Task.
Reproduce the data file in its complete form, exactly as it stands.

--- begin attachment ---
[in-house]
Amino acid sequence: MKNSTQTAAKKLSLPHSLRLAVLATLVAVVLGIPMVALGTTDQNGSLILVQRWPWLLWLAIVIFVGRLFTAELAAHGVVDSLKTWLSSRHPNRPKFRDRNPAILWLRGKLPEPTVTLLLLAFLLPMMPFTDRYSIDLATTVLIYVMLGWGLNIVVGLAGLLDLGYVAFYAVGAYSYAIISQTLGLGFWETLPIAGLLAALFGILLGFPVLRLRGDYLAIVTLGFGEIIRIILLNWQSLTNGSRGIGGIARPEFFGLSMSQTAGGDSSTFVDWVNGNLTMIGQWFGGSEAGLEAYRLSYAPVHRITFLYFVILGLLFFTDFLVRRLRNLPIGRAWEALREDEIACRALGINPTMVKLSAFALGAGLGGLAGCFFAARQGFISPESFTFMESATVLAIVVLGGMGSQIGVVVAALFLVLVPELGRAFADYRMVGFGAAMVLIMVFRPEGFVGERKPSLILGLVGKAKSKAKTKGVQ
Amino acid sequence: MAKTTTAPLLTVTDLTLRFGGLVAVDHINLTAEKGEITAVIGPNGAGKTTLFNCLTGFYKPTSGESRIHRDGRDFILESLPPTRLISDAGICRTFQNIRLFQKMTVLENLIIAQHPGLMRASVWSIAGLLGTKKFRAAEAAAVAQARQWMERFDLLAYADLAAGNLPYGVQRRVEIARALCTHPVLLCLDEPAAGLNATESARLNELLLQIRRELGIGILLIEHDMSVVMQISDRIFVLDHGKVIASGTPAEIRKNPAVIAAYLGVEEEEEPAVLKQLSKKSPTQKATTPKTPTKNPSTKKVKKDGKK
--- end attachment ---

[in-house]
Amino acid sequence: MKNSTQTAAKKLSLPHSLRLAVLATLVAVVLGIPMVALGTTDQNGSLILVQRWPWLLWLAIVIFVGRLFTAELAAHGVVDSLKTWLSSRHPNRPKFRDRNPAILWLRGKLPEPTVTLLLLAFLLPMMPFTDRYSIDLATTVLIYVMLGWGLNIVVGLAGLLDLGYVAFYAVGAYSYAIISQTLGLGFWETLPIAGLLAALFGILLGFPVLRLRGDYLAIVTLGFGEIIRIILLNWQSLTNGSRGIGGIARPEFFGLSMSQTAGGDSSTFVDWVNGNLTMIGQWFGGSEAGLEAYRLSYAPVHRITFLYFVILGLLFFTDFLVRRLRNLPIGRAWEALREDEIACRALGINPTMVKLSAFALGAGLGGLAGCFFAARQGFISPESFTFMESATVLAIVVLGGMGSQIGVVVAALFLVLVPELGRAFADYRMVGFGAAMVLIMVFRPEGFVGERKPSLILGLVGKAKSKAKTKGVQ
Amino acid sequence: MAKTTTAPLLTVTDLTLRFGGLVAVDHINLTAEKGEITAVIGPNGAGKTTLFNCLTGFYKPTSGESRIHRDGRDFILESLPPTRLISDAGICRTFQNIRLFQKMTVLENLIIAQHPGLMRASVWSIAGLLGTKKFRAAEAAAVAQARQWMERFDLLAYADLAAGNLPYGVQRRVEIARALCTHPVLLCLDEPAAGLNATESARLNELLLQIRRELGIGILLIEHDMSVVMQISDRIFVLDHGKVIASGTPAEIRKNPAVIAAYLGVEEEEEPAVLKQLSKKSPTQKATTPKTPTKNPSTKKVKKDGKK